“A lot of people are going to be hurt, going to be left behind who can’t afford medical coverage because this nut and this bag of nuts is going to cause a lot of people to suffer because they can’t get medical coverage. The Republicans have nothing at the moment. There are always means to improve some things, but this bill wants to take everything away.

“Where are people going to go if they are cut? The biggest problem is that there are no jobs for people to make a decent living and pay for medical coverage. More and more people are going to be without. Not only medical coverage, but food, housing, gas, electricity, water—those things have to be paid for by everybody.”

Thekla Falls is a grandmother and came because of the impact of this on her granddaughter who was born with spina bifida, a debilitating birth defect in which the spinal column does not close all the way around the spinal cord.

“This is going to hurt her a lot,” she said. “I don’t like to talk about it because I will start crying. We want her to be as independent as possible and her treatments cost a lot of money.

“Both her mom and dad work. He works six days a week, every week so that they can afford her treatments. Right now she is able to get some help, but what is going to happen when this bill goes through? She will never be able to get health insurance.

“There are a lot of people out there who have medical conditions who can live better lives if they get treatment. If they take people’s insurance away they are going to destroy a lot of people’s lives. All these politicians care about is the rich and the rich just keep getting richer and richer.”

Jim and Sydney are both in the health care field. Jim is a health care provider and Sydney is studying health services at the University of Pittsburgh. Like many other health care providers who attended the rally, Jim and Sydney are worried about the impact of the bill on the access to health care.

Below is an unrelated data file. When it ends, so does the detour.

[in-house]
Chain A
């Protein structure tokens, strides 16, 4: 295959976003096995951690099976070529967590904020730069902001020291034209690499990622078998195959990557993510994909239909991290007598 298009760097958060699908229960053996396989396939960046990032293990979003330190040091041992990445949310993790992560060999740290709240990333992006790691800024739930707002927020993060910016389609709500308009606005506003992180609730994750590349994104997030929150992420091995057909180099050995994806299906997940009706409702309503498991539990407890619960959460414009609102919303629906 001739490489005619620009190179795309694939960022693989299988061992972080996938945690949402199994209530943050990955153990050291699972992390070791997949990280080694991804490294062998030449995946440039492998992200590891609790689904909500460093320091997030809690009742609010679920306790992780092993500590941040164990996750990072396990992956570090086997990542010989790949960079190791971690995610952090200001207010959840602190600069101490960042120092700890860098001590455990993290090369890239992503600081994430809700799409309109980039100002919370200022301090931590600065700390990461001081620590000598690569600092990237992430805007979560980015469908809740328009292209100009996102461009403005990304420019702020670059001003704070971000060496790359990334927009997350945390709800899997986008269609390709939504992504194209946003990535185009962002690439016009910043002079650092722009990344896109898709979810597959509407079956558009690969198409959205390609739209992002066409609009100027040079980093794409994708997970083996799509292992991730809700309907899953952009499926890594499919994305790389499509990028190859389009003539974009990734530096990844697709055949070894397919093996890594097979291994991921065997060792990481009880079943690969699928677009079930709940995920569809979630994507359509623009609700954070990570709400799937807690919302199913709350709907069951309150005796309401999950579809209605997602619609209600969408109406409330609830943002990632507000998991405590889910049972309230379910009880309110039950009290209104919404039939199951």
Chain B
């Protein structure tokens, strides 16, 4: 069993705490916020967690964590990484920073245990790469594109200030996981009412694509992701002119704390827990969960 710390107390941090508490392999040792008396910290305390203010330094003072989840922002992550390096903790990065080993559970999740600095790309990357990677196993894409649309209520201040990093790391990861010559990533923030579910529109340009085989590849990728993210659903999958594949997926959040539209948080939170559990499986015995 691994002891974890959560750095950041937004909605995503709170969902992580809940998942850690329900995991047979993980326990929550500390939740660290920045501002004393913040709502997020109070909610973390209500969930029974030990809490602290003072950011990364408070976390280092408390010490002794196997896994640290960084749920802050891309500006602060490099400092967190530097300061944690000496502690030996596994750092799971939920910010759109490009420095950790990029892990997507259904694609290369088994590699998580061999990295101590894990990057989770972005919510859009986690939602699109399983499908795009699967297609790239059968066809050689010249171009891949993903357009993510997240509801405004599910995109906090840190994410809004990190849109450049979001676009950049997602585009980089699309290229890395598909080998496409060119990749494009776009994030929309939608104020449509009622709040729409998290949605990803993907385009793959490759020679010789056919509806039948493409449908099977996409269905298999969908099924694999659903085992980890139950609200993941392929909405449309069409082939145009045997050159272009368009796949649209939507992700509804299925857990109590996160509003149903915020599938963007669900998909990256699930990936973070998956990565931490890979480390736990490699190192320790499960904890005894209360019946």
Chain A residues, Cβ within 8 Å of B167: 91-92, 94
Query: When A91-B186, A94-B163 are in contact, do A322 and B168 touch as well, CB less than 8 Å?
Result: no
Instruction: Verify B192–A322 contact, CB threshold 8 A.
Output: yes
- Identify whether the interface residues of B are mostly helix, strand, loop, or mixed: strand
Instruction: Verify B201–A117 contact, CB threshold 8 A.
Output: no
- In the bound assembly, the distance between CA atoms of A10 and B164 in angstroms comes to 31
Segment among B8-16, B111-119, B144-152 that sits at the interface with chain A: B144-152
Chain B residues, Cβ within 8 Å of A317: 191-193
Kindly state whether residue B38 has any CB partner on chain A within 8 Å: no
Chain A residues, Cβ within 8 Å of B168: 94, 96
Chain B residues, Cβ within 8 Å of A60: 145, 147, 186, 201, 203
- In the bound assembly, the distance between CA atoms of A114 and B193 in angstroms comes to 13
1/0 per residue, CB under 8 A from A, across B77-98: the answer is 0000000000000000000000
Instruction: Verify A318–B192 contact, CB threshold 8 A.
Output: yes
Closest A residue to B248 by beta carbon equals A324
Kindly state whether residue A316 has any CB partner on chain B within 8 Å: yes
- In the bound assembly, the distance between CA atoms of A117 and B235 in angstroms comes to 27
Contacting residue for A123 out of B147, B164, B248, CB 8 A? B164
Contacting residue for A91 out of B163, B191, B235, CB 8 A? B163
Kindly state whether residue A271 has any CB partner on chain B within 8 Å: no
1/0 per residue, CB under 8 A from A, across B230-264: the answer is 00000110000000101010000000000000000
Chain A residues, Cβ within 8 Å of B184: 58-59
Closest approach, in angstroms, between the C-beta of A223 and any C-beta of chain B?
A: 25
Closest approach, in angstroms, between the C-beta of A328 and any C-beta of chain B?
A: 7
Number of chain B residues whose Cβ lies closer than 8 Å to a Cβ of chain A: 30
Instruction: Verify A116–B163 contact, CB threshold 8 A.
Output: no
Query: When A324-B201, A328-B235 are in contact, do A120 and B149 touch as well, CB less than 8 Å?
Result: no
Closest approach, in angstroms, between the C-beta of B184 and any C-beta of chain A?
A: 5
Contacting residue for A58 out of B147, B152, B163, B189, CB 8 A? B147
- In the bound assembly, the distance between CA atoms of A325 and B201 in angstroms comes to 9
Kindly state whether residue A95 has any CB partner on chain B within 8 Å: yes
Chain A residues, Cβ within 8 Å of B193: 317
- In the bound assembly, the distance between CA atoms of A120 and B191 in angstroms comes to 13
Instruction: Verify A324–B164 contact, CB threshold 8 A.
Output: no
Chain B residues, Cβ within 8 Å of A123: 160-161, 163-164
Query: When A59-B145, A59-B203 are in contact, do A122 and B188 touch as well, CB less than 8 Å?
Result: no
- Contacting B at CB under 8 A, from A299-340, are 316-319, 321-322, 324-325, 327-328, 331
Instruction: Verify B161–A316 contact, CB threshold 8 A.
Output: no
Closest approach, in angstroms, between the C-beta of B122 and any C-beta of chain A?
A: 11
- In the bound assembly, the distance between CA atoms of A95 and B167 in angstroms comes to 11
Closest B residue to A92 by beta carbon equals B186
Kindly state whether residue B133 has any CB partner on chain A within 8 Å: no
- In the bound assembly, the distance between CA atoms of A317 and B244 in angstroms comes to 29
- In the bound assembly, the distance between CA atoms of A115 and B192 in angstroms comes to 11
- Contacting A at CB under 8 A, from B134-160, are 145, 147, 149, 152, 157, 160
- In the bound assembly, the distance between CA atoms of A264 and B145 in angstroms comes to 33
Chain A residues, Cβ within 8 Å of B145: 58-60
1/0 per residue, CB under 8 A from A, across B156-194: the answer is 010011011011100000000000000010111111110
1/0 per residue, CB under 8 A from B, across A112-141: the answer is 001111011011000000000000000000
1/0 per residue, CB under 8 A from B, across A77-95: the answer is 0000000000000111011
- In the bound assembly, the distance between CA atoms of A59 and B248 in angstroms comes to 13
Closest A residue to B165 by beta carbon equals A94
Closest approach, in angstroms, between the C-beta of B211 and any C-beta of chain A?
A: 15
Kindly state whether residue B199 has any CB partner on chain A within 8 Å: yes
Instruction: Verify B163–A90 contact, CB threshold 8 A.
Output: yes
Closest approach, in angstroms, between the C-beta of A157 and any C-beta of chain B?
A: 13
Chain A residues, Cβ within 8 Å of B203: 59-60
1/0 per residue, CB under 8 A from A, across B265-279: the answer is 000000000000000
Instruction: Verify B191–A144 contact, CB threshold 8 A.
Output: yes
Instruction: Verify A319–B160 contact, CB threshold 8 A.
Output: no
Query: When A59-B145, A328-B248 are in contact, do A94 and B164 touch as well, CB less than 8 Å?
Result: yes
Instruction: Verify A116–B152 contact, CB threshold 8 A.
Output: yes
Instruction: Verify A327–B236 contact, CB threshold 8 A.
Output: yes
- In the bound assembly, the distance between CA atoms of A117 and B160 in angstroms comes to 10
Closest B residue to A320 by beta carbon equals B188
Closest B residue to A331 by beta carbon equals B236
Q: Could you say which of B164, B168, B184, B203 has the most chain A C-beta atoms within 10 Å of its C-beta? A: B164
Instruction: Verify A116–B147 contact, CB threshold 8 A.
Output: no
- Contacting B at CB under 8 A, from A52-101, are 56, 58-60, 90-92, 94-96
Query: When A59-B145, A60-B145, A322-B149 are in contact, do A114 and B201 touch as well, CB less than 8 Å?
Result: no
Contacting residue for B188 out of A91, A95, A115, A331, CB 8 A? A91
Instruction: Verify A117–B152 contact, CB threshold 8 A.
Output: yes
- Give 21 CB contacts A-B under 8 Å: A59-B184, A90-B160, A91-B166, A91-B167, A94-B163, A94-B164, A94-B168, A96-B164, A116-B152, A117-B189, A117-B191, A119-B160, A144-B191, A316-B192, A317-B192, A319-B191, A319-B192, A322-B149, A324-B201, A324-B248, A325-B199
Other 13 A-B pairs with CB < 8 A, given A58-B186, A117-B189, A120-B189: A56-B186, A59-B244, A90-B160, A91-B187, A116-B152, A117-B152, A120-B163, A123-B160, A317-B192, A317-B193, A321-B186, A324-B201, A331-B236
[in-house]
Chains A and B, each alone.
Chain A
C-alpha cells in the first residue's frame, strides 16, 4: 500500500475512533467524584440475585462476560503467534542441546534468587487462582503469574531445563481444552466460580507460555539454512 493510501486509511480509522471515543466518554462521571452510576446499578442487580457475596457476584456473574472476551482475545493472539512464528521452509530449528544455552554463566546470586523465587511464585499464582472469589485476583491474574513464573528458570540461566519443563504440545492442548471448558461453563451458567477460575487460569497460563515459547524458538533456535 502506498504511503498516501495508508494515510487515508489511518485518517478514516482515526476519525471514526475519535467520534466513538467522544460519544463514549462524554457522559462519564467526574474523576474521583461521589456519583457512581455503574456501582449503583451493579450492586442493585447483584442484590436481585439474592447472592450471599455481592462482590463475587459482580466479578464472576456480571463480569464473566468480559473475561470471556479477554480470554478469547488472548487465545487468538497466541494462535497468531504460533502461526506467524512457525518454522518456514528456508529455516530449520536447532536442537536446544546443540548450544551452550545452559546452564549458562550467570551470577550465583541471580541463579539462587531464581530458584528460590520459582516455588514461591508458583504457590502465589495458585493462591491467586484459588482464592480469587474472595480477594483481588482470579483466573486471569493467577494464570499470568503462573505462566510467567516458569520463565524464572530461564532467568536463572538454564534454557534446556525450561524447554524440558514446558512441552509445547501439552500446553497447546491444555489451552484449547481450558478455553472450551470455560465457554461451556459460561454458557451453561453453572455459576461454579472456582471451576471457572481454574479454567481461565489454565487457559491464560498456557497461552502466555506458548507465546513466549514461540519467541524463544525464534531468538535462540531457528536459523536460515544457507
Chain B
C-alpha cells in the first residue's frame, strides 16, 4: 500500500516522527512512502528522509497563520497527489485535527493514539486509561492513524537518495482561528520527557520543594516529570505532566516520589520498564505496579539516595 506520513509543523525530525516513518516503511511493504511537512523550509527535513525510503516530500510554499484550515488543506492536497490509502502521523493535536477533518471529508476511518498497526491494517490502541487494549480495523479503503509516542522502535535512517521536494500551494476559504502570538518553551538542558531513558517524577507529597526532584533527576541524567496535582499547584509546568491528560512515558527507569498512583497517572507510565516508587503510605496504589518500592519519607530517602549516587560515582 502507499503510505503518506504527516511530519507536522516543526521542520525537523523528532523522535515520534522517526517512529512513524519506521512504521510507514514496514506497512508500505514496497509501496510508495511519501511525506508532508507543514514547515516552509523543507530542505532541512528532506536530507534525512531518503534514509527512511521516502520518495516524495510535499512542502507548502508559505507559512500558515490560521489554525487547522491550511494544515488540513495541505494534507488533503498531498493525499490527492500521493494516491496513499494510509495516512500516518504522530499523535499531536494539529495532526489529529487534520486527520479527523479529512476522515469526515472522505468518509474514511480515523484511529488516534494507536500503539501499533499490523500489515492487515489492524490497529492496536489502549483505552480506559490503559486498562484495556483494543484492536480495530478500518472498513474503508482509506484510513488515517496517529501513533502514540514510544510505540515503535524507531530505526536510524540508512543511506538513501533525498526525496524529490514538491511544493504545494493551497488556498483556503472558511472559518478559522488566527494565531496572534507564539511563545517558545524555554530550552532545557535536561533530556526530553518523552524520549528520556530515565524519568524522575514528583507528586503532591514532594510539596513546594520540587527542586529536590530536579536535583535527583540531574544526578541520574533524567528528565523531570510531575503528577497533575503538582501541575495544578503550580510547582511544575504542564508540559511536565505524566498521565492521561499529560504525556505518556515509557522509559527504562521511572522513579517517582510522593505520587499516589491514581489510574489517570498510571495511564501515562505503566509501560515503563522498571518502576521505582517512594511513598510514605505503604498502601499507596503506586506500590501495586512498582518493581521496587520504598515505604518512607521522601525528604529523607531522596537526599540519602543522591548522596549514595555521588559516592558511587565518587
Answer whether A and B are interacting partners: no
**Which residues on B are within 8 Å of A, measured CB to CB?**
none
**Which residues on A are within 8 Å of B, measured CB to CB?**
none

Jim and Sydney

Sydney said, “Seeing this act go through is kind of scary to me for the position that I am in. I want to help people and this is not what is going to help people. I am currently studying the inequalities in health care in the current system.

“The purpose of health services is to end the inequality of health care, to see to it that everyone has equal access to health care. Lots of minorities, and people with different social economic status, don’t have equal access to health care. This bill is just going to make it worse.

“My grandfather just had extensive abdominal surgery and he’s been in and out of the hospital. And he has an incredible pension from the Pittsburgh Port Authority. And if he didn’t have that, he wouldn’t be getting the treatments that he had.

“I’m working and make more than the minimum wage and I can barely afford tuition. There is no way that someone making the minimum wage is going to be able to afford health insurance.”

Jim added, “I’m in the health care field as well and I am concerned about those who don’t have the means and how this is going to affect them. Many people have preexisting conditions and they will loss their health coverage because they can no longer afford it.”